Introduction to Acts
The book of Acts, summarizing the growth of the Christian church in the first century, is universally acknowledged to have been written by Luke, the author of the Gospel of Luke, beloved physician and companion of the Apostle Paul. Like his gospel, Luke addressed the book of Acts to “the most excellent Theophilus,” and it is essentially a continuing record of the things that “Jesus began both to do and teach” (Acts 1:1) in the days of His flesh. Although Jesus had returned to heaven, He sent His Holy Spirit to indwell, guide and empower His disciples as they were to scatter around the world preaching His saving gospel.
Since Acts ends on a positive note, with no hint of the intense persecution and eventual execution which Paul would encounter just a few years afterward, it is evident that Luke must have written Acts soon after the events of the last chapter, probably about A.D. 62 (the great fire of Rome, which Nero used as an excuse to initiate his intense persecution of Christians, occurred in A.D. 64).
Luke himself was present during a portion of Paul’s travels as described in Acts. This is indicated by his intermittent use of the “we” pronoun in his accounts—first in Acts 16:10, later in 20:5 and again in 27:1, three verses which mark the beginning of his three periods of association with Paul. Thus he traveled with Paul on his second missionary journey from Troas to Philippi, then again on Paul’s third missionary journey from Philippi to Jerusalem and finally from Caesarea to Rome. He was later able to be with Paul during his final imprisonment just before Paul’s death (II Timothy 4:11), but presumably had no opportunity to incorporate these later experiences into his book of Acts.
The book of Acts is, of course, a book of history as well as a book of missions and evangelism. Its numerous references to cities of the first-century Roman world, to customs of the day, to political officials at various levels, often by name, and to various dates and events, leave the book open to detailed investigation and criticism in respect to accuracy. Contrary to expectations of the higher critics, archaeological research by Sir William Ramsay and others has confirmed its accuracy at every turn and in full detail. There is no longer any legitimate doubt as to its historical accuracy.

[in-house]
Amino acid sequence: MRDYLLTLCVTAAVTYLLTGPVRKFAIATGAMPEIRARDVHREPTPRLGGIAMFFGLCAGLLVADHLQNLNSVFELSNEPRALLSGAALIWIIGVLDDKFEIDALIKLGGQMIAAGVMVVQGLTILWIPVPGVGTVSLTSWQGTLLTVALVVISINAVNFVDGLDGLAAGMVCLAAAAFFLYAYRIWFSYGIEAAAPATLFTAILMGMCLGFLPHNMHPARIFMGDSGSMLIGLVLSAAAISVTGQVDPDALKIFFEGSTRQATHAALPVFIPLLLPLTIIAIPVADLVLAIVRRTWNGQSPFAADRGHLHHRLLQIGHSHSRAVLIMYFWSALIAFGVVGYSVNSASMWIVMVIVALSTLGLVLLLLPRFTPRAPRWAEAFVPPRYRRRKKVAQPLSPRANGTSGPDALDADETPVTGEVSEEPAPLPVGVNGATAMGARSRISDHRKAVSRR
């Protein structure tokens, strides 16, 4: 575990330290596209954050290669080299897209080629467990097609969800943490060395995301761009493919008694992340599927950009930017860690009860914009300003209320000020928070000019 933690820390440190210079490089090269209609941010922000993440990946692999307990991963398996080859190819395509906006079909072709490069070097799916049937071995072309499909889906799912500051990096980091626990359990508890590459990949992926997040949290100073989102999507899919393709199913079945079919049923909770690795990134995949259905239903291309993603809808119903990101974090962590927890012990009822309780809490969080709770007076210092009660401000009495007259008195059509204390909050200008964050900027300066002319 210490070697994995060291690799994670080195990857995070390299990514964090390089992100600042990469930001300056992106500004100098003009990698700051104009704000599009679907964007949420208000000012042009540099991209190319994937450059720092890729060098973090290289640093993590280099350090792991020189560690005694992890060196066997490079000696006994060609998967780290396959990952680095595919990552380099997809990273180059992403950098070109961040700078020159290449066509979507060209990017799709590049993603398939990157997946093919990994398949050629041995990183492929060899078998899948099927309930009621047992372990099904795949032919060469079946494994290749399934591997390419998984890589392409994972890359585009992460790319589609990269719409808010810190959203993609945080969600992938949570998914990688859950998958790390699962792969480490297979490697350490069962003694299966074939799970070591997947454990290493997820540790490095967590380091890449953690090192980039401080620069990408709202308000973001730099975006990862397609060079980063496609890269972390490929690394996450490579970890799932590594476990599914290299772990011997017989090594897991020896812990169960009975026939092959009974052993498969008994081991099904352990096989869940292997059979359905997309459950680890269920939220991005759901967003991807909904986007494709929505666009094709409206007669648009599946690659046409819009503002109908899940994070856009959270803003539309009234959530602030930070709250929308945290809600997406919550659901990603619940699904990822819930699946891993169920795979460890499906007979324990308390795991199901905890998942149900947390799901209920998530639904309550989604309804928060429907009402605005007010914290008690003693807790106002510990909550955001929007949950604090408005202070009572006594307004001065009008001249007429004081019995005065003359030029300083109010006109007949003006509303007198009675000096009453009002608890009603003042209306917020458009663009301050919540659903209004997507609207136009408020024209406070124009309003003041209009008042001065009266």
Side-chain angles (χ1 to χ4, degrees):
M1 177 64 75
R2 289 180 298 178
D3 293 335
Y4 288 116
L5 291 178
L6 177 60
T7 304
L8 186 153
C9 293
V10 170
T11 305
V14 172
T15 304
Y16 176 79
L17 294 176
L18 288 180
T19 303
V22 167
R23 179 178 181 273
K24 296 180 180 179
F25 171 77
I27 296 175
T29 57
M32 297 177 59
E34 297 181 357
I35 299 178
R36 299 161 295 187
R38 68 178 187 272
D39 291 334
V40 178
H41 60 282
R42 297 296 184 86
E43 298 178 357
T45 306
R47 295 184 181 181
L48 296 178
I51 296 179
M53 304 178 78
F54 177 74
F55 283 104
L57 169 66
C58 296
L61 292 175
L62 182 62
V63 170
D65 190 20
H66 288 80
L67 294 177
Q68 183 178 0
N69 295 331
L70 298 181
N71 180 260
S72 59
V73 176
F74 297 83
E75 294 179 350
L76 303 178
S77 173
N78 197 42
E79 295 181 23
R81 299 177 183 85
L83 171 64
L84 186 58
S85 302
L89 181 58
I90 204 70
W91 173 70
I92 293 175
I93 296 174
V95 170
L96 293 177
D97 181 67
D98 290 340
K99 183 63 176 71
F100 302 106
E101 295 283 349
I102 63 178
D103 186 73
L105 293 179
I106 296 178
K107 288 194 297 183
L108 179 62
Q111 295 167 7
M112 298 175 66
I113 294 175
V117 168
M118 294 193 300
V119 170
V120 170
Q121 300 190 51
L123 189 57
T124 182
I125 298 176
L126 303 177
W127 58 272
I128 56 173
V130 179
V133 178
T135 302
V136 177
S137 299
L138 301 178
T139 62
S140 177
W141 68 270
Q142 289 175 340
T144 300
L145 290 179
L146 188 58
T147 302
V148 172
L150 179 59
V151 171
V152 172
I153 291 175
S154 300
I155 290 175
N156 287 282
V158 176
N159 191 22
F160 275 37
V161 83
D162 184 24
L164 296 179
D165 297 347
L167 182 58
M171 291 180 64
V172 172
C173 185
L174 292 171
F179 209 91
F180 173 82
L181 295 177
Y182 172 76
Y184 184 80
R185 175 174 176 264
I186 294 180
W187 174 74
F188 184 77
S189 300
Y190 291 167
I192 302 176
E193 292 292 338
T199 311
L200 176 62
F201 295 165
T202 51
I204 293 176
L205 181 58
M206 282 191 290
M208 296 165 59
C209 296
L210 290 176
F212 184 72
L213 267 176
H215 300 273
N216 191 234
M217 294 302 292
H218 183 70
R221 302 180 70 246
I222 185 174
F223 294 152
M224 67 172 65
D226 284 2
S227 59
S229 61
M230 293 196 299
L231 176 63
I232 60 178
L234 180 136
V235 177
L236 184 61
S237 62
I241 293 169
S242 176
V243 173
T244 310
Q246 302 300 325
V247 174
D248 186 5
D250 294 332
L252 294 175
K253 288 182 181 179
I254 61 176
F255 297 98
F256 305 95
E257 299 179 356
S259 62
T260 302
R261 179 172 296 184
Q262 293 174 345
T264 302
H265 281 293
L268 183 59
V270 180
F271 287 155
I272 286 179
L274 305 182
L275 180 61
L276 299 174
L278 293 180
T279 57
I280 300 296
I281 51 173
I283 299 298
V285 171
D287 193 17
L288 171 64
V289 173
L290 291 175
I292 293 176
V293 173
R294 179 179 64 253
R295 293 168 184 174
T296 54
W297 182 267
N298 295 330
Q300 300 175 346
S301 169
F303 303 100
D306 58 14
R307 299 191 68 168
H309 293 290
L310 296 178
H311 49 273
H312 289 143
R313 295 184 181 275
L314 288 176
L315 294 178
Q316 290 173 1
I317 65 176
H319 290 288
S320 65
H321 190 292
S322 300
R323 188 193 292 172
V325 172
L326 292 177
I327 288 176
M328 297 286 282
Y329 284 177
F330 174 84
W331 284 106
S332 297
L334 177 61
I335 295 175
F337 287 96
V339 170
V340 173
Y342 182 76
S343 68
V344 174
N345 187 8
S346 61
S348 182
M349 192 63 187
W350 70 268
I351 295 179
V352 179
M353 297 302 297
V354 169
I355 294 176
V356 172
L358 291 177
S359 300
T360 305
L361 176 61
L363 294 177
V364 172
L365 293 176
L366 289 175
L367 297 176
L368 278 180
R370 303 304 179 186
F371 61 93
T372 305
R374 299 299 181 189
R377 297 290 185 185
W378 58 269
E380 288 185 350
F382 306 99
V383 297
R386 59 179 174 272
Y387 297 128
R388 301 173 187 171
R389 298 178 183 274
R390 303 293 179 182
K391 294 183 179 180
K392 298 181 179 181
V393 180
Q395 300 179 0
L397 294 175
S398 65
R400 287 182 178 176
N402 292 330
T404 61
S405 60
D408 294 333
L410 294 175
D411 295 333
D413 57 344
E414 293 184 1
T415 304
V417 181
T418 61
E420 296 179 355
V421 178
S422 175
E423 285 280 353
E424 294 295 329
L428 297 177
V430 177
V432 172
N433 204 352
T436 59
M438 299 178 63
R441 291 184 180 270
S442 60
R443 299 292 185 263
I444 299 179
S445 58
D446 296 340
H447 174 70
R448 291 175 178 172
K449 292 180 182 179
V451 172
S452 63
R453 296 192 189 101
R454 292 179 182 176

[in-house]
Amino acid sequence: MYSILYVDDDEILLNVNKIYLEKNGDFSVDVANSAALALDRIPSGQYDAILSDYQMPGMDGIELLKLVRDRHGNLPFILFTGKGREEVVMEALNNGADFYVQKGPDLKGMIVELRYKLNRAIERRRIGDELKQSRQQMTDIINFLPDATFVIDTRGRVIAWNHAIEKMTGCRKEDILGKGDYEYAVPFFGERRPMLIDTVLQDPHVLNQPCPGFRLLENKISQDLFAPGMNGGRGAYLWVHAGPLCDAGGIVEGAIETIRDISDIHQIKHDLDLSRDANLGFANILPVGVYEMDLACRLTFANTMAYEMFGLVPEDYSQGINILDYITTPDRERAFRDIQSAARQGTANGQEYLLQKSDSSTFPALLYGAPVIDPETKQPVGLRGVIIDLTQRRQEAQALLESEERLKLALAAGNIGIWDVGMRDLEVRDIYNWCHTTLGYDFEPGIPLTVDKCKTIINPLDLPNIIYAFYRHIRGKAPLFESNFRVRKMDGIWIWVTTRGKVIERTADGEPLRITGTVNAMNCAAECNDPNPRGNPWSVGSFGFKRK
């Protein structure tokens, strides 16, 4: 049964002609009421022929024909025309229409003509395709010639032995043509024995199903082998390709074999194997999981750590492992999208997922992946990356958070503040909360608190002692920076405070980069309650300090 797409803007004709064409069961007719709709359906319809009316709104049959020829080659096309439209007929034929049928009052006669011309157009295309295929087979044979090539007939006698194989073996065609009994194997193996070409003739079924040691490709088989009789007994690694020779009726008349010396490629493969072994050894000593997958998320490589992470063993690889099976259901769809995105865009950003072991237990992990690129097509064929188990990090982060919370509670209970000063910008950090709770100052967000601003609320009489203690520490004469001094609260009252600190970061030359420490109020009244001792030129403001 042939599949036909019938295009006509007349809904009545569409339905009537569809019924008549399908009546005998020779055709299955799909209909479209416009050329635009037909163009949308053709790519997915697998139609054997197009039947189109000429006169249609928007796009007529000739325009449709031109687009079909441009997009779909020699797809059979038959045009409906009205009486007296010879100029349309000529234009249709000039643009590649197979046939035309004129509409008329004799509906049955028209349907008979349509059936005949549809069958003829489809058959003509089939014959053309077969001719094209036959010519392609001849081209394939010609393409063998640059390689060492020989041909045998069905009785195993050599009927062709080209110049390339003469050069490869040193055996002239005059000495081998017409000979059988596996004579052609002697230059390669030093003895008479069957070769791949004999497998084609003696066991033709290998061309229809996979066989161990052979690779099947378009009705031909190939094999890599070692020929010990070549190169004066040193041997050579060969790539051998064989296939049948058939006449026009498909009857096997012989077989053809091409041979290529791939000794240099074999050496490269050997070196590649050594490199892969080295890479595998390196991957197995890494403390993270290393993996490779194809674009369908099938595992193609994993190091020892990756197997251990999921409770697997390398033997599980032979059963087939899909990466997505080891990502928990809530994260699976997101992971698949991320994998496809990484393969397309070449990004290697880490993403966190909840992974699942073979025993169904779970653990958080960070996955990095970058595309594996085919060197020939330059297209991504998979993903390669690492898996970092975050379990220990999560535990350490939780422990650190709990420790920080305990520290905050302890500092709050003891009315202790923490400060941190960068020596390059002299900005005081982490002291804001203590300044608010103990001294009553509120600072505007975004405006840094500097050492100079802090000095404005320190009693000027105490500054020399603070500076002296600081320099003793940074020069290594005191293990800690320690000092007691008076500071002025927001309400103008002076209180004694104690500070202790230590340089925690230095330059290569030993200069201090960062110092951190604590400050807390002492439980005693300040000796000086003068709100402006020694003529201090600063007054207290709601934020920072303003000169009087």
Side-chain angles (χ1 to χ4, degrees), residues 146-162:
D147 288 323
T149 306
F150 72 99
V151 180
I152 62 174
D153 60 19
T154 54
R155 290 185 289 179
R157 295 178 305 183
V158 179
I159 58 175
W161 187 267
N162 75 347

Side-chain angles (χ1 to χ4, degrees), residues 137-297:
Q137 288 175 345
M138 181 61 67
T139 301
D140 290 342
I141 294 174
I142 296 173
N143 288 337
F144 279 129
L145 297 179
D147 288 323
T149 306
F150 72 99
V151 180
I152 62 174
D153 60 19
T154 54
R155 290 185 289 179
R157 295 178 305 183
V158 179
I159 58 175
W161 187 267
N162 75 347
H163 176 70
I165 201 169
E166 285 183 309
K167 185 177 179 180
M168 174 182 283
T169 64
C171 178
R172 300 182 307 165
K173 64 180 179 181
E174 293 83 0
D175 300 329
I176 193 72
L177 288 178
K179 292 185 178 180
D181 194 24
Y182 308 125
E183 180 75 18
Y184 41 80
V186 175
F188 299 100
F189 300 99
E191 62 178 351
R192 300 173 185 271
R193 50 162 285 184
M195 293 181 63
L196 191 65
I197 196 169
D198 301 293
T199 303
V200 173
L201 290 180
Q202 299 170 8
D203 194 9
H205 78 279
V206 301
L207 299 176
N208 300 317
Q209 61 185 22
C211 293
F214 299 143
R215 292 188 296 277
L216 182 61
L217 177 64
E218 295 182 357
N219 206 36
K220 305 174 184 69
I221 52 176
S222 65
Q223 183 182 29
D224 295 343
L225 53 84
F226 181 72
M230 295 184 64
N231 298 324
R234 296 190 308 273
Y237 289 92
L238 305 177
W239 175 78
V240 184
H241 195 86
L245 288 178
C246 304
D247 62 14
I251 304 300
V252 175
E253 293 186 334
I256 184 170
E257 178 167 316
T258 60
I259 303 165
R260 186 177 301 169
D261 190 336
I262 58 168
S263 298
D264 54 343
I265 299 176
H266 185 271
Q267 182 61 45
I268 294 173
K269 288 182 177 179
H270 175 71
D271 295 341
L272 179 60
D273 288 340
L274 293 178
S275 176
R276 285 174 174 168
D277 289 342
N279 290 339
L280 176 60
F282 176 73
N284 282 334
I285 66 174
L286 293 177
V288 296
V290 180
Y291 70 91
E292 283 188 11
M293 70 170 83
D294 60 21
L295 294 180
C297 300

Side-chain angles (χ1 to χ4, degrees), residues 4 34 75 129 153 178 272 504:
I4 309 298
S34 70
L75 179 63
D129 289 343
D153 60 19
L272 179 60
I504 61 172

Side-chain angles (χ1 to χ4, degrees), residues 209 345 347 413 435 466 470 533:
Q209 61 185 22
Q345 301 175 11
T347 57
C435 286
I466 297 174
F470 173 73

The book of Acts does, indeed, record numerous miracles, and these are hard for critics to accept. To the believer in God, however, recognizing the critical importance of this particular period in history, it is only to be expected that God would confirm the beginning of this new dispensation with unique signs. Immediately after the miraculous resurrection and ascension of God the Son, it is not surprising that the miraculous coming of the Holy Spirit would quickly follow.
Then, throughout the book of Acts, the presence and guidance of the Holy Spirit is frequently noted. As some have pointed out, a better title for the “Acts of the Apostles” might well have been the “Acts of the Holy Spirit.”
1:1 Theophilus. The “former treatise” is clearly the gospel of Luke, both books being addressed to “Theophilus” (a name meaning “lover of God”). If Theophilus is not a generic name for anyone who is a lover of God, then the reference is evidently to a Roman official (as indicated by the adjective “most excellent” in Luke 1:3) in whom Luke had special interest, either seeking to lead him to Christ or to build him up in his newfound Christian faith.
1:1 Jesus began. Luke’s gospel contains the record of what Jesus began to do and teach. The implication is that Luke’s supplementary treatise tells what He continued to do and teach through the apostles by the enabling power of His Spirit, whom He sent to indwell and guide them at Pentecost.
1:3 infallible proofs. “Infallible proofs” is one word in the Greek (tekmerion) and occurs only this one time in the New Testament. It emphasizes that the evidences for Christ’s resurrection were not philosophical speculations but certain facts! It is appropriate that the word occurs only once, for no other event of Biblical history has been confirmed more certainly than His bodily resurrection. Not only His ten or more appearances to the disciples, but also the otherwise inexplicable evidence of the empty tomb, the remarkable change in the disciples, the development and spread of the church as a result of its preaching, the change to worship on the first day of the week, the age-long observance of Easter and the Lord’s supper, all in addition to the testimonies of the writers of the New Testament, as led and empowered by the Holy Spirit. These all combine to make it certain that Christ died for our sins and rose again for our justification.
1:3 forty days. As Jesus was victorious over His forty-day temptation by Satan (Luke 4:2), so He witnessed to His disciples for forty days of His greater victory over Satan through His death and resurrection (Hebrews 2:14-15).